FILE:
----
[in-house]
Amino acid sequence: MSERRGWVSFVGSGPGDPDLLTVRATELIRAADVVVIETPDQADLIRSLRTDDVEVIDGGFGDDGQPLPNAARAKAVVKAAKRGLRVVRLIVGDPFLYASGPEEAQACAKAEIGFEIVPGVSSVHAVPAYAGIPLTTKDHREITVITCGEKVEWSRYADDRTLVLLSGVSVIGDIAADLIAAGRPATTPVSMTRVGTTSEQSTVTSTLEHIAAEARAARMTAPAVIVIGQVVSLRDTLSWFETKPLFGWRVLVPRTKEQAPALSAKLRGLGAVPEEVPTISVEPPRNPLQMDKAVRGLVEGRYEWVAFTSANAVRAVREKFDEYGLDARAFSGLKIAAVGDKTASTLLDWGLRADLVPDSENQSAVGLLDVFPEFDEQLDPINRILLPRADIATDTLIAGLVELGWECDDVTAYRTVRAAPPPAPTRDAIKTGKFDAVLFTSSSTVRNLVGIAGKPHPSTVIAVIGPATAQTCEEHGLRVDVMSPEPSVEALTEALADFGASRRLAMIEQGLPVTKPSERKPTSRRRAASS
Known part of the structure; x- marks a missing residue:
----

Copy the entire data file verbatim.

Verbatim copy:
[in-house]
Amino acid sequence: MSERRGWVSFVGSGPGDPDLLTVRATELIRAADVVVIETPDQADLIRSLRTDDVEVIDGGFGDDGQPLPNAARAKAVVKAAKRGLRVVRLIVGDPFLYASGPEEAQACAKAEIGFEIVPGVSSVHAVPAYAGIPLTTKDHREITVITCGEKVEWSRYADDRTLVLLSGVSVIGDIAADLIAAGRPATTPVSMTRVGTTSEQSTVTSTLEHIAAEARAARMTAPAVIVIGQVVSLRDTLSWFETKPLFGWRVLVPRTKEQAPALSAKLRGLGAVPEEVPTISVEPPRNPLQMDKAVRGLVEGRYEWVAFTSANAVRAVREKFDEYGLDARAFSGLKIAAVGDKTASTLLDWGLRADLVPDSENQSAVGLLDVFPEFDEQLDPINRILLPRADIATDTLIAGLVELGWECDDVTAYRTVRAAPPPAPTRDAIKTGKFDAVLFTSSSTVRNLVGIAGKPHPSTVIAVIGPATAQTCEEHGLRVDVMSPEPSVEALTEALADFGASRRLAMIEQGLPVTKPSERKPTSRRRAASS
Known part of the structure; x- marks a missing residue: